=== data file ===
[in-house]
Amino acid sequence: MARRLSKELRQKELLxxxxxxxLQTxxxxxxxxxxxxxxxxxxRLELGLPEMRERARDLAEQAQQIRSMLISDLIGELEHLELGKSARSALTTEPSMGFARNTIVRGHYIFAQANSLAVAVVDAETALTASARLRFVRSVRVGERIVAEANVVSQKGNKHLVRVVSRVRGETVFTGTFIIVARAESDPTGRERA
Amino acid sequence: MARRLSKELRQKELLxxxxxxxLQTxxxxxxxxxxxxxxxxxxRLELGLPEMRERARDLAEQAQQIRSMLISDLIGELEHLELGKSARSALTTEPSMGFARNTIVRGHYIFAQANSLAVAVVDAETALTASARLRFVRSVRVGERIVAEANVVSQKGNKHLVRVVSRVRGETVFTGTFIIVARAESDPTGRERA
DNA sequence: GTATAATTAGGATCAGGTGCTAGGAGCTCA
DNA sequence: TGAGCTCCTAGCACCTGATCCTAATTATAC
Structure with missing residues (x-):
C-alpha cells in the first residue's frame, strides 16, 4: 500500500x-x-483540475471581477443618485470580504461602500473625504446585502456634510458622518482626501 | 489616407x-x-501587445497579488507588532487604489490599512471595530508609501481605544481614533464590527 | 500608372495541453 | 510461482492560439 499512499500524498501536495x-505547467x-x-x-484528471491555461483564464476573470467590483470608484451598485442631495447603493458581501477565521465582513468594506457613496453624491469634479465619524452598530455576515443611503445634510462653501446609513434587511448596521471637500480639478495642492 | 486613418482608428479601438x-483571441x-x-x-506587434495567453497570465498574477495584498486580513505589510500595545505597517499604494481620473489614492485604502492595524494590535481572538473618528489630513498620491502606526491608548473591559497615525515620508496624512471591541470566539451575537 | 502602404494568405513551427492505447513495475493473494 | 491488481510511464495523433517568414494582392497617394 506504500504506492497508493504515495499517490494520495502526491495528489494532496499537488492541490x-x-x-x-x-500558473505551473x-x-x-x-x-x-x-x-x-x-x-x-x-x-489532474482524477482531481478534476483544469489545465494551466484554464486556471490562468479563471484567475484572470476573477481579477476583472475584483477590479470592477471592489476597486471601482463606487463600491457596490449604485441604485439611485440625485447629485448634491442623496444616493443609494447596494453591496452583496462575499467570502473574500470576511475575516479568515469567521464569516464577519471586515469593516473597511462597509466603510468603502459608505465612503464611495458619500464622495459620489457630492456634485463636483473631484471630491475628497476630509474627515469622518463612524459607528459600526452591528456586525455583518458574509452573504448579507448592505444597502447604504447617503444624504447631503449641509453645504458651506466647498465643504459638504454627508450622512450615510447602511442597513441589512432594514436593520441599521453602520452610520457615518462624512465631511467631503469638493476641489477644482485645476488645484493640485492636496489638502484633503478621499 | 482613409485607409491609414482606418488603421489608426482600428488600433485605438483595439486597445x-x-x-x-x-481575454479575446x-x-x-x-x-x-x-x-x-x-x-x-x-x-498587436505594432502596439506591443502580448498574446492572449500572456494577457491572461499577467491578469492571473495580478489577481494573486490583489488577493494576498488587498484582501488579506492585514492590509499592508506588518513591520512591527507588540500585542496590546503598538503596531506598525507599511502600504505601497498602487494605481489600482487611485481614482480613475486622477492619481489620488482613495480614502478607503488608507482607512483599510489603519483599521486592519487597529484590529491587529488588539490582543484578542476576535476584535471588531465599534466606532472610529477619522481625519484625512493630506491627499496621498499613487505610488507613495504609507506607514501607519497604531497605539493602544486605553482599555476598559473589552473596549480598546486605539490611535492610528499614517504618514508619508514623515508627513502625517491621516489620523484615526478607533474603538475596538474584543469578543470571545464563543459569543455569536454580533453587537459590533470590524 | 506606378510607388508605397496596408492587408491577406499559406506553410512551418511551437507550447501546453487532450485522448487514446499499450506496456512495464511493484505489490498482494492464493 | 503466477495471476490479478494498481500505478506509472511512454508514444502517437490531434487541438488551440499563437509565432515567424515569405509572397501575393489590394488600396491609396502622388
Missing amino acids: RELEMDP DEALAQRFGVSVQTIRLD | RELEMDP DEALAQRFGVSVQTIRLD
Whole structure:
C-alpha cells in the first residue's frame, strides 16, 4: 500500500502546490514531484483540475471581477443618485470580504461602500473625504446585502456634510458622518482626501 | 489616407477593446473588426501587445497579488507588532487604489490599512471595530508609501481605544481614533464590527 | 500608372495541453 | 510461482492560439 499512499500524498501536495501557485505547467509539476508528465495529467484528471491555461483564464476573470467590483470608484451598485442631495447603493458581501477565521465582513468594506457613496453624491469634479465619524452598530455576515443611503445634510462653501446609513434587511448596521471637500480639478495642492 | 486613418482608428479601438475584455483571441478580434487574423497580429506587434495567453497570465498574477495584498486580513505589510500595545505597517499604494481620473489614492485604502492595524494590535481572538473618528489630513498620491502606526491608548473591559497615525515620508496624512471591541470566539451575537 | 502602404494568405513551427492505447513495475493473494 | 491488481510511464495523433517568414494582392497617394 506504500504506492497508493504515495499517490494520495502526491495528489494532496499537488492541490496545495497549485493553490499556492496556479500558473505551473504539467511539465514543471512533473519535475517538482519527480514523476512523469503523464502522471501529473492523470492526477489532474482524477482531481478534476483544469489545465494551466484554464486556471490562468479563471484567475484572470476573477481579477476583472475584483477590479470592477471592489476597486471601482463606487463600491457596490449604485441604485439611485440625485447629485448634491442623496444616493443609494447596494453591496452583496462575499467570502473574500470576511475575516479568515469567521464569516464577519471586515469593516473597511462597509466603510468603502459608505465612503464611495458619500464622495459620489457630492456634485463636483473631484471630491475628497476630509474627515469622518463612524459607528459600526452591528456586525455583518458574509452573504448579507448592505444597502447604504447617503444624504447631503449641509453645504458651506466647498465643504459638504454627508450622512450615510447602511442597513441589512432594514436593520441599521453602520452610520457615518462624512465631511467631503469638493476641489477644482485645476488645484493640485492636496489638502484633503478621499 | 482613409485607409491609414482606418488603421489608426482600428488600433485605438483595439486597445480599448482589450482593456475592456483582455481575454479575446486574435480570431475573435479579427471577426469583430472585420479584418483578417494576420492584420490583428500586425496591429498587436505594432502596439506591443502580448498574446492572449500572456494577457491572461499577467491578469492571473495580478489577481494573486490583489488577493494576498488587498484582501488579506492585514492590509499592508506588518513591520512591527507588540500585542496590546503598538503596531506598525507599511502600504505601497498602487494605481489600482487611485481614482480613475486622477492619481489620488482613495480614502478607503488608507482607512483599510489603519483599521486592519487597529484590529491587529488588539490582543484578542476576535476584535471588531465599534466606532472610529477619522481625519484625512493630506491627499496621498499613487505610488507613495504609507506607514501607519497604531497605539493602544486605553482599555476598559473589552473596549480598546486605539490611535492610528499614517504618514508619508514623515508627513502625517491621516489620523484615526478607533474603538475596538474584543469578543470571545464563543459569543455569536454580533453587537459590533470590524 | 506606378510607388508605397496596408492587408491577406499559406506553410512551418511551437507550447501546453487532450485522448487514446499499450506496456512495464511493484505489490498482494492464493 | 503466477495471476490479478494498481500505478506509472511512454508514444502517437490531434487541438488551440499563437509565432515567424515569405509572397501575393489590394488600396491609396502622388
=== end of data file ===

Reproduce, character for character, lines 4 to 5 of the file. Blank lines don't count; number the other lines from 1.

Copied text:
DNA sequence: GTATAATTAGGATCAGGTGCTAGGAGCTCA
DNA sequence: TGAGCTCCTAGCACCTGATCCTAATTATAC